What is ADSL?

Whenever your computer or device uses the internet it sends and receives data. This can be in the form of a web page, email, photographs, music, or even a video. This also applies to the apps you use on your phone, such as Google Maps, WhatsApp or Uber.

It can be hard to get your head around how much data you’re actually using. Broadband providers won’t usually supply you with an itemised list of your data usage so it can be quite tricky to figure out where your data is being ‘spent’.

In this guide we’ll be helping you better understand data in general, how it’s measured, and how to figure out how much you’re using so you don’t find yourself with a nasty surprise down the line.

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What is ADSL?

ADSL stands for Asymmetric Digital Subscriber Line. An ADSL broadband connection is provided over your home telephone line. The UK infrastructure for ADSL connections is actually owned and operated by a company called Openreach (formerly owned by BT). So one way or another you’ll be renting your phone line from Openreach.

As you know, there are many different broadband suppliers offering ADSL broadband internet connections. This works by a process known as LLU (local loop bundling). The secondary provider (such as TalkTalk) rents the phone line and exchange space from Openreach, and then installs their own software at the telephone exchanges to provide their service.

How does ADSL broadband work?

Although becoming outdated, ADSL broadband connections are high quality and very reliable. They work by transferring your data through the copper wires of the existing telephone infrastructure.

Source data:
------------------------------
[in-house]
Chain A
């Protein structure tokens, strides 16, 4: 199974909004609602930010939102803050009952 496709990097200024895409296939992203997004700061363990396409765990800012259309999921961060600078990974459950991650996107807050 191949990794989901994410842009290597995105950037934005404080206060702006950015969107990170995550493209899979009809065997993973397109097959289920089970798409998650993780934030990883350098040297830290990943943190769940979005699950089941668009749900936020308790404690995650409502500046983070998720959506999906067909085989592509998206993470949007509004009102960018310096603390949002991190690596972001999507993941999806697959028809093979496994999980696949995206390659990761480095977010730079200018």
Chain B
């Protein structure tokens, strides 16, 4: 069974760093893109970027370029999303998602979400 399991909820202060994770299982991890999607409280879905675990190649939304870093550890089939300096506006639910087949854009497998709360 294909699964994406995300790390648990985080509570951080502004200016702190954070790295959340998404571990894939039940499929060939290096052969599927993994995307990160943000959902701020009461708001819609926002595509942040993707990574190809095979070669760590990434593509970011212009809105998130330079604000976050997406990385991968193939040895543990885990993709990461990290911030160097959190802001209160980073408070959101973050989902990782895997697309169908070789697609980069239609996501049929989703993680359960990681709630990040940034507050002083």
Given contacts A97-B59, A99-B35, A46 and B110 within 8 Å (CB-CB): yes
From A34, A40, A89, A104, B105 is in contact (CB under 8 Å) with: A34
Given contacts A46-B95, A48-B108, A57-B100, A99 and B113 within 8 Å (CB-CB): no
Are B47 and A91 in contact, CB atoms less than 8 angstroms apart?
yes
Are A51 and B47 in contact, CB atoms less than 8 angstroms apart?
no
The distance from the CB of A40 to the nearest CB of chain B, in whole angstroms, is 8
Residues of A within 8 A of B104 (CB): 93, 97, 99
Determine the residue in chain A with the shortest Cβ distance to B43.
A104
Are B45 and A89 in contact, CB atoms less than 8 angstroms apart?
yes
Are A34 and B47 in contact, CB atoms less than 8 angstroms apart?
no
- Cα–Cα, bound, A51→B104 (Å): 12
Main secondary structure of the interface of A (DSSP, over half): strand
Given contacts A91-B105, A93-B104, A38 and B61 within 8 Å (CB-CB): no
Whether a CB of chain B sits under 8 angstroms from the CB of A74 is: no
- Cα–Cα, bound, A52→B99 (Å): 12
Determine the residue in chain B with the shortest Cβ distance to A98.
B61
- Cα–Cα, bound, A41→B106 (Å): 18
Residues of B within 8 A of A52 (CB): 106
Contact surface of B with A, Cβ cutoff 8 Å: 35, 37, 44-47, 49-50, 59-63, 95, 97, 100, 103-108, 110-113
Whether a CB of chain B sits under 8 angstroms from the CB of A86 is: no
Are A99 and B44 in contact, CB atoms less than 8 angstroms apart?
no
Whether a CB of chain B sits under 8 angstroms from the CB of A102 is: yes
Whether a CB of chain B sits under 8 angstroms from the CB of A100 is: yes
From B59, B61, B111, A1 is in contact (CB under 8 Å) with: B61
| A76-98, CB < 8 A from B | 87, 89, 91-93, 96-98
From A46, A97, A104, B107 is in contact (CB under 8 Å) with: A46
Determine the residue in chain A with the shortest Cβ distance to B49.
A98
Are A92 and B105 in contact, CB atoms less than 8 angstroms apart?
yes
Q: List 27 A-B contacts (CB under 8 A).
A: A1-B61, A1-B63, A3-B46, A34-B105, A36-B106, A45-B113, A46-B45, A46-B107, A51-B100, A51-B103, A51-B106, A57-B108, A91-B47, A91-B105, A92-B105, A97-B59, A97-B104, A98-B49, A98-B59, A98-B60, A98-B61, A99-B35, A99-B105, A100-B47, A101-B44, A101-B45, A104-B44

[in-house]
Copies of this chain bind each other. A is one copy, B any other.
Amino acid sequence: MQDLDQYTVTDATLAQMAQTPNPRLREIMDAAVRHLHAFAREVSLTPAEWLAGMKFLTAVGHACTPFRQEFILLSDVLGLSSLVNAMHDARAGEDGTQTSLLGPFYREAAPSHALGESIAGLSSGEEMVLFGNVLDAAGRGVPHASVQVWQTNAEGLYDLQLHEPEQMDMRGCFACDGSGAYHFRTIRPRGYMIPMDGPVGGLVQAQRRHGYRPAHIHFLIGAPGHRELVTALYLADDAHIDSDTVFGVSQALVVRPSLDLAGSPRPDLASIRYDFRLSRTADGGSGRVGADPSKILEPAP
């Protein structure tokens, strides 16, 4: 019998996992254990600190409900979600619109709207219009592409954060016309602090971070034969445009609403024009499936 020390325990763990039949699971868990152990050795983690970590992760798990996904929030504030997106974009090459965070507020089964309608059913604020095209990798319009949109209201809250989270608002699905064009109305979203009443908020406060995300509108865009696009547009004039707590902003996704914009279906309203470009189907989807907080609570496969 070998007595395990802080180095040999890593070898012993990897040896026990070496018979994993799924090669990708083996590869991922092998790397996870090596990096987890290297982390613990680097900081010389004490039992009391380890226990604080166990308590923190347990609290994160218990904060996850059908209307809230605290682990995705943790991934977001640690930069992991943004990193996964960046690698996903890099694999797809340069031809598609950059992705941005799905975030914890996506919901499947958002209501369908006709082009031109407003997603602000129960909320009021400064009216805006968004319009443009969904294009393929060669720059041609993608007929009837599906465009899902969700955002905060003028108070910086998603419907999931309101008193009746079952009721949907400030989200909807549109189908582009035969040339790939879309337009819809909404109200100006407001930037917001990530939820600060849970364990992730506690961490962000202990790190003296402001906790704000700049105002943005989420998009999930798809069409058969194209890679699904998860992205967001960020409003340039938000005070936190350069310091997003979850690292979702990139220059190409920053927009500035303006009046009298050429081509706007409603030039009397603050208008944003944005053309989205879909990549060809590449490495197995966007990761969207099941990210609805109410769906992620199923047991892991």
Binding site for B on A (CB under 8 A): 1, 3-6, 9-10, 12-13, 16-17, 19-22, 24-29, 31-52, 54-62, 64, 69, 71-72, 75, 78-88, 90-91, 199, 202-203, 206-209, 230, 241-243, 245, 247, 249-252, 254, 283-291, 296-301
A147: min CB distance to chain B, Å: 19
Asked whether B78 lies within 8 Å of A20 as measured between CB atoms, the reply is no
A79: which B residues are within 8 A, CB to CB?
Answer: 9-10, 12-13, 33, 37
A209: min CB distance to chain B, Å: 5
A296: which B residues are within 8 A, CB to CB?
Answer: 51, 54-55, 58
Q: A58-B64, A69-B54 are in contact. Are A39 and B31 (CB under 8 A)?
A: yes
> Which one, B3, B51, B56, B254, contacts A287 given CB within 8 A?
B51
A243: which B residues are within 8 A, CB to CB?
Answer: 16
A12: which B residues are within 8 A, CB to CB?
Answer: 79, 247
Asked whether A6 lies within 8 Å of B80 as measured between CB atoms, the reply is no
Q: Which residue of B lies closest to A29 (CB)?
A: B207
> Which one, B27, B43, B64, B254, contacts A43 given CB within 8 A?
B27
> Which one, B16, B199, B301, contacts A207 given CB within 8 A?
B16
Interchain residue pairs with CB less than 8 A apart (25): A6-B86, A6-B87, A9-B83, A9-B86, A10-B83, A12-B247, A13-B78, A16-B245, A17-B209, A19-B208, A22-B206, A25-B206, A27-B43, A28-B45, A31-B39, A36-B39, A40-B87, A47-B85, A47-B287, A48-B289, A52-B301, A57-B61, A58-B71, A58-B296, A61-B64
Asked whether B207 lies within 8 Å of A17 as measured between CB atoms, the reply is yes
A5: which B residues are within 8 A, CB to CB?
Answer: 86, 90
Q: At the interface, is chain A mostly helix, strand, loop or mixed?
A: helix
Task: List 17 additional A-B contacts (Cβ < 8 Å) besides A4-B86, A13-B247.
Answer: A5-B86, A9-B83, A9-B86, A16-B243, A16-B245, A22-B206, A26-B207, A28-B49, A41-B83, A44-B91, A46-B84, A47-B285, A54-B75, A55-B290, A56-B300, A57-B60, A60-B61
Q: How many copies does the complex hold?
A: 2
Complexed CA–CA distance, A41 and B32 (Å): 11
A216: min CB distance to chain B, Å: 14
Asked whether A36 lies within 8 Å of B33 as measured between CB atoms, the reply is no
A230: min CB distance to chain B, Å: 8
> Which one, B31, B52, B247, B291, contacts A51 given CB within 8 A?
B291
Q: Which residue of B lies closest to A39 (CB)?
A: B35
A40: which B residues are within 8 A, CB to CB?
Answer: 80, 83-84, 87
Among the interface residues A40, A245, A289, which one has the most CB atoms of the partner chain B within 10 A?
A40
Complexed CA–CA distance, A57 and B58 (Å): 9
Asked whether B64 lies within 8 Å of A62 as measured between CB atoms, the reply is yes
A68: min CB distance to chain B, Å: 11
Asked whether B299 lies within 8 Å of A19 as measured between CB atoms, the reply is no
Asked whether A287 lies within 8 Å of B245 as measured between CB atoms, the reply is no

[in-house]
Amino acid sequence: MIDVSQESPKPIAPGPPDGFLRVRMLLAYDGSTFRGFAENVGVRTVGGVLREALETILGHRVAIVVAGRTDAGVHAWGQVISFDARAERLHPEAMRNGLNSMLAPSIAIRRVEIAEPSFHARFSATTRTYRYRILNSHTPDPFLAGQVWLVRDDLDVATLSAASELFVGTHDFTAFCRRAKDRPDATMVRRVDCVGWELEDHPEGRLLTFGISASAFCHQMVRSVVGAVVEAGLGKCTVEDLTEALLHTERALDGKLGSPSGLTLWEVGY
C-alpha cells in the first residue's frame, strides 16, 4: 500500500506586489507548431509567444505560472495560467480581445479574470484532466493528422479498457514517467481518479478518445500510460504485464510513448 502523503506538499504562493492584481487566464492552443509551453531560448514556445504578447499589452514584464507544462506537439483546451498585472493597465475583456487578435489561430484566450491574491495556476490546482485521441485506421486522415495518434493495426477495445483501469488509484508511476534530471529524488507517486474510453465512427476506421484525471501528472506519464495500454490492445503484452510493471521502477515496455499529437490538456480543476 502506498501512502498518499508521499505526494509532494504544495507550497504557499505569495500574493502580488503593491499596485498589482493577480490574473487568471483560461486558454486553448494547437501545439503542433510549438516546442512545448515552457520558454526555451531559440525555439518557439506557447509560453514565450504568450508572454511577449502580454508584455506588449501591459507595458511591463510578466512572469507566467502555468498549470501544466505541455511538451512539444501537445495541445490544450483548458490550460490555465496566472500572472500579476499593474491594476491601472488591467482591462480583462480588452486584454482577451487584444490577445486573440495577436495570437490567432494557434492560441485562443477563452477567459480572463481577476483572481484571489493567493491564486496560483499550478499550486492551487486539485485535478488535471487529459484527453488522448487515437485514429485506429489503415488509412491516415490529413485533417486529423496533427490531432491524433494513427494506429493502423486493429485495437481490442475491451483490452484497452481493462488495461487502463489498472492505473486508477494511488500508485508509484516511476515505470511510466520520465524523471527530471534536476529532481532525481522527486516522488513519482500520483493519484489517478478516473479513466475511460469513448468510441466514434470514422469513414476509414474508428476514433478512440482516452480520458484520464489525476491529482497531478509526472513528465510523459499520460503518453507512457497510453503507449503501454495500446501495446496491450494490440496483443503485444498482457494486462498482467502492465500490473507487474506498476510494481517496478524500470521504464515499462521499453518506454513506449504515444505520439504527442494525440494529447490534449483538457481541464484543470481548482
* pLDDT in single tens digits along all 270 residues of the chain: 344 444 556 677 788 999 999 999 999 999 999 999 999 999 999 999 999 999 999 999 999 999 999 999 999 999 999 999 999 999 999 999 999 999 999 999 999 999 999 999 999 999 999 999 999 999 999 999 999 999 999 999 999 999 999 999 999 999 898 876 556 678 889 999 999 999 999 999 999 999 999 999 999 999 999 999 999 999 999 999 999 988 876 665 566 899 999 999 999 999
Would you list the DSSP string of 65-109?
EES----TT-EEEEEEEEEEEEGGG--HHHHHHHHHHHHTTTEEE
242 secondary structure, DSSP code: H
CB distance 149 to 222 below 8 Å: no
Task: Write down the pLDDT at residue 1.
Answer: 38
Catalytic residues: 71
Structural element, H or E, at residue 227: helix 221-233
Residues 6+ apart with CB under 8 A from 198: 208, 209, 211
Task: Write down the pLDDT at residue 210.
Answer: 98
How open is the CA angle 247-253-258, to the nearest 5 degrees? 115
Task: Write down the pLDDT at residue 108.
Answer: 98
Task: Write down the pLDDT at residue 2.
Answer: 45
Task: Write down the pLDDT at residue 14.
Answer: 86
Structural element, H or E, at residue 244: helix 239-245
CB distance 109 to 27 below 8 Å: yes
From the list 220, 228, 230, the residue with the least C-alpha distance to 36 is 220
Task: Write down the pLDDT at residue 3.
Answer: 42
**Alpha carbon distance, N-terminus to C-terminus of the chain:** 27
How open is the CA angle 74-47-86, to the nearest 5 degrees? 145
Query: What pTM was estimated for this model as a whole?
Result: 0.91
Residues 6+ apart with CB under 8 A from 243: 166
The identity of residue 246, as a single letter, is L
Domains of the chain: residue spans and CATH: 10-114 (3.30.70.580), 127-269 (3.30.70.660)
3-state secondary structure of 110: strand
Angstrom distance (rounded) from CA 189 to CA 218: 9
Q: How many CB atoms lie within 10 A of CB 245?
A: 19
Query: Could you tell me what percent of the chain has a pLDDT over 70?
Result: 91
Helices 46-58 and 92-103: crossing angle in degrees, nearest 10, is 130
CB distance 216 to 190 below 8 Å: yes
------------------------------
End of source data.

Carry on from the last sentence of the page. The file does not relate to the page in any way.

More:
Because they leverage the existing telephone network as operated by Openreach, ADSL connections are extremely popular and very cheap. This is because there’s hardly anything to install (thus not requiring an engineer visit in most cases), and are so readily available as almost every broadband supplier offers an ADSL package of some sort.

If you do sign up for an ADSL broadband package, you’ll be provided with filters to put on your phone sockets. These filters are essential as they keep your internet data, and normal landline phone connection, separate. This allows you to use the internet whilst also using your phone.

Another type of ADSL connection is ADSL2+. This works much in the same way as regular ADSL, but has different software allowing it to provide much faster broadband speeds.

One drawback of ADSL connections, however, is that your distance from the telephone exchange can severely reduce the connection speed you receive. Furthermore, if the copper wires have deteriorated, this can also affect your broadband speed too.

Where can I get ADSL broadband?

Every major broadband supplier in the UK has ADSL broadband deals as standard. Some providers will also have options for ADSL2+, mobile broadband, or the new fibre-optic cable broadband too.

Almost every home and business in the UK can receive ADSL broadband, and the government even has an initiative to help get a 2Mbps connection to everyone as soon as possible.

ADSL Alternatives

ADSL connections are cheap, readily available, and easy to get a hold of, so they are a very popular option with the vast majority of broadband customers. However, they’re not for everyone. Maybe you don’t want a landline phone or don’t want to pay for line rental. There are a few other options for you to consider:

- 3G mobile broadband - you can get speeds of up to 21Mbps

- 4G mobile broadband - very similar to 3G broadband but with much faster speeds of up to 80Mbps

- Cable fibre optic broadband - provided through fibre optic cables, this broadband has speeds of up to 1Gbps. However, coverage is limited and there are installation costs as the existing Openreach network cannot be leveraged

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